During the last week we had a lot of snow (50 cm) where I live. It’s one of these things that is fascinating and beautiful, but then reality bursts in and spoils it all. Everything looks truly stunning, especially when the skies clear and the sun shines, but when you try to walk in snow that deep you discover that it is really difficult. When the snow comes up to your knees every step is a struggle. For the first few days driving was impossible.
Why do we do what we do?
Some things we do just because we do – they sort of happen around us and we just go along with the flow. Some we do automatically, out of habit, and sometimes we don’t even know we are doing them. Sometimes that habit can be so compulsive that we cannot stop ourselves from doing it – we have lost control, and the drift into addiction can follow. We do some things out of our emotions – we laugh because we are happy, cry because we are sad, we lash out in anger, scream with fear.
What are you afraid of? Anything? Lots of things? Everything? Nothing?
Many of us are afraid of flying, but I remember Spike Milligan once saying that he wasn’t in the least frightened of flying. Not in the least! But crashing – that was totally different! He was terrified of that!
They say that what you are is what you eat. I have never really understood that. OK, I can see that if you do not eat meat you can be called a vegetarian or a vegan, but that is really as far as it goes – it puts you into a category, but that is only part of what you are, part of what you do.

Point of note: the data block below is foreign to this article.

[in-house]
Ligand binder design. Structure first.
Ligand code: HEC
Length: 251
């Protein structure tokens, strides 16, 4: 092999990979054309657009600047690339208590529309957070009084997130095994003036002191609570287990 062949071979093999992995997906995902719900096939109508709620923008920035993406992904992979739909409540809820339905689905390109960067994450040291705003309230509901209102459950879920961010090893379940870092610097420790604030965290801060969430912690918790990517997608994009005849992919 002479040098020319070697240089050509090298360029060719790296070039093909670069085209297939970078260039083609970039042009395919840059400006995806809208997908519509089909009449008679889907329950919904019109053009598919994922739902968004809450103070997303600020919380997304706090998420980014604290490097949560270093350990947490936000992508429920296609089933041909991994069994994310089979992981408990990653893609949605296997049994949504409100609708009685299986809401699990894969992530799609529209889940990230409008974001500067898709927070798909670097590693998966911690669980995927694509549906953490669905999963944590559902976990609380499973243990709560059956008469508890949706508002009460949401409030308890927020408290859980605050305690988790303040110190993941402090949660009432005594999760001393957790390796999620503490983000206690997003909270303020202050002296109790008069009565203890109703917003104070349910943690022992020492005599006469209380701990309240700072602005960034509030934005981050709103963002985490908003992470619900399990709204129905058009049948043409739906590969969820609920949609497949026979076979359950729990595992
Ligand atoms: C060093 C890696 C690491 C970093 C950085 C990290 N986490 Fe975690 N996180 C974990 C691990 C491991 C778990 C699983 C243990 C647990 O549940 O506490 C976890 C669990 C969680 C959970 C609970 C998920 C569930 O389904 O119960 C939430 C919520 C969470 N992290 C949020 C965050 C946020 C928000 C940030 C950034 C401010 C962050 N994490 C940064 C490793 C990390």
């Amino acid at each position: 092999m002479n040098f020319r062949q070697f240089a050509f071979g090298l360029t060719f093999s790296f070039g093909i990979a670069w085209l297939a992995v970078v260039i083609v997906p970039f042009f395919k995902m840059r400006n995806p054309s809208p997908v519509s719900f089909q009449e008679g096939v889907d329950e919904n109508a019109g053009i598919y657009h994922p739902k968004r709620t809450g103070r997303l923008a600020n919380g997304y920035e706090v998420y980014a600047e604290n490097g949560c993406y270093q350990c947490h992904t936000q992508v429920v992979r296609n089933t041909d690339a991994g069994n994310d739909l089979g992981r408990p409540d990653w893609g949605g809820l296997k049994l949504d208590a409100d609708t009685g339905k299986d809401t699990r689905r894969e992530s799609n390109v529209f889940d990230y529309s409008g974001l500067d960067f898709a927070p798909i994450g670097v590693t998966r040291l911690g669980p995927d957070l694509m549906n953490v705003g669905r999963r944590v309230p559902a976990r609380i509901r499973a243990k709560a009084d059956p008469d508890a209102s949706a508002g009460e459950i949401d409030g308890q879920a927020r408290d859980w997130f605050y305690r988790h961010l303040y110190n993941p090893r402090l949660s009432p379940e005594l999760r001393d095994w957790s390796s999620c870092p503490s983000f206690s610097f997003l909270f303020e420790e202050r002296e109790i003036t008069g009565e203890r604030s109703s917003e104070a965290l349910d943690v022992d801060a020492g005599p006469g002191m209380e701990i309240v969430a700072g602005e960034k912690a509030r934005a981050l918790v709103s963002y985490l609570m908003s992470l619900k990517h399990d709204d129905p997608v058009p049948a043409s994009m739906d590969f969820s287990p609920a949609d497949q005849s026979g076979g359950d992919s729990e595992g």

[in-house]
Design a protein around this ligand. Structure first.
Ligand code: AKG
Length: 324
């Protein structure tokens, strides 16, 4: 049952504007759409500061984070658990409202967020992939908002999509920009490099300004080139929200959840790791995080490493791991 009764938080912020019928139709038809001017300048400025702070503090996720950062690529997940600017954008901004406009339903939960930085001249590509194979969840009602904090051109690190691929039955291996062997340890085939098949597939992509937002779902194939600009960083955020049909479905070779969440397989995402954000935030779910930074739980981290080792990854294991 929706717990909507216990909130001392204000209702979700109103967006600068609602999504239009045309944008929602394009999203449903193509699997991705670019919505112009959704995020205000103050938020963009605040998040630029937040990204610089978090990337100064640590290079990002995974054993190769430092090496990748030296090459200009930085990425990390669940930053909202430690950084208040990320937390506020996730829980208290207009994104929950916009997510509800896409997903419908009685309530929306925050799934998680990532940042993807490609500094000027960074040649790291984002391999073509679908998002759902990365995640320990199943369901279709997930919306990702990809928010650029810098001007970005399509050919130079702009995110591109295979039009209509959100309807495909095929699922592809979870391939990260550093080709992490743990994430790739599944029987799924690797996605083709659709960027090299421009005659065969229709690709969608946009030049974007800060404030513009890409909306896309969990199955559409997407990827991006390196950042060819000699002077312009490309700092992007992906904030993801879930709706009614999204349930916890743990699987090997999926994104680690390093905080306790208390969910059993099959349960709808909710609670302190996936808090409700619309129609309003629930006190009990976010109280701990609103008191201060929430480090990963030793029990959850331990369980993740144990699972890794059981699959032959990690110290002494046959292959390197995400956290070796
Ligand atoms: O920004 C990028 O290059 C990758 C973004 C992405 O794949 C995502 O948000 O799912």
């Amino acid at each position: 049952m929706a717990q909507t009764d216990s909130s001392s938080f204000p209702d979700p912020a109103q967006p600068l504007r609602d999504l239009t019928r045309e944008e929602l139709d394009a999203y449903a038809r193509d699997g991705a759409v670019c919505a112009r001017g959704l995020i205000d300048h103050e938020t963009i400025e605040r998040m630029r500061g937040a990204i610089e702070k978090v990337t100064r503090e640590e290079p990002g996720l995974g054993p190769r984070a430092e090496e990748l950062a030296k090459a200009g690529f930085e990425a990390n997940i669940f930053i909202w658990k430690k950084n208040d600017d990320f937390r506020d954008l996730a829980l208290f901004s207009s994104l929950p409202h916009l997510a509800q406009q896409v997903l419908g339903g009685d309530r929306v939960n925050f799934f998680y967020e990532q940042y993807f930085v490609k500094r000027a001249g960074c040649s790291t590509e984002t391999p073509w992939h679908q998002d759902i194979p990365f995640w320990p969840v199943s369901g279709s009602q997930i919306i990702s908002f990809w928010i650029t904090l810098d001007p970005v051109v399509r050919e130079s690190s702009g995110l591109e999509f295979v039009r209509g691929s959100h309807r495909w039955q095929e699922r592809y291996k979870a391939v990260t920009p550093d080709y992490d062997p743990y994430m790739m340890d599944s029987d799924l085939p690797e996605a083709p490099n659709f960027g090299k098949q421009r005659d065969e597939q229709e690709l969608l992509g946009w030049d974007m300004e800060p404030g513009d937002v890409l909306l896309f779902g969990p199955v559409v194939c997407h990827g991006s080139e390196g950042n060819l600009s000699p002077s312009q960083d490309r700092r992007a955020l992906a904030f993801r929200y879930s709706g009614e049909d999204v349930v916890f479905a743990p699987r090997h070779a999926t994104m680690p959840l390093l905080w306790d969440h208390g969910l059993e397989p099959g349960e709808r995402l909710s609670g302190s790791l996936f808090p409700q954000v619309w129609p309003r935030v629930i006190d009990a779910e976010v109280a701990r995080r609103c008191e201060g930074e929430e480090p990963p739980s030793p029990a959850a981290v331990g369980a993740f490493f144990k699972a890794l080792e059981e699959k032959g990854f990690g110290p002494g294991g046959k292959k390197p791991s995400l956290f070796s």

So, what else can define what you are? Your fashion or your taste in music can suggest what age group you fall into. Your accent can suggest where you come from. The car you drive, or your lack of a car, can point to your income group, but not necessarily. The way your children behave can possibly show how good a parent you are. How you behave might point to what you have been through earlier in life. But all these things only show a bit of you – they are not what you are, who you are. Like nationality or political affiliation, they might classify part of you, but they don’t define you.
I don’t have a very good memory. That can be useful or helpful at times, but it can also be anything but useful or helpful! I would love to give you some examples of both sets of circumstances, but I just can’t think of any at the moment!
My not-very-good-memory means that I find it almost impossible to remember passages of the Bible. I know some people can remember whole chapters and others whole books. Many people have a whole bank of verses which they can draw from at a moment’s notice. I salute them all!
I, on the other hand, can draw on very little, and even then I can only recall part of the verse.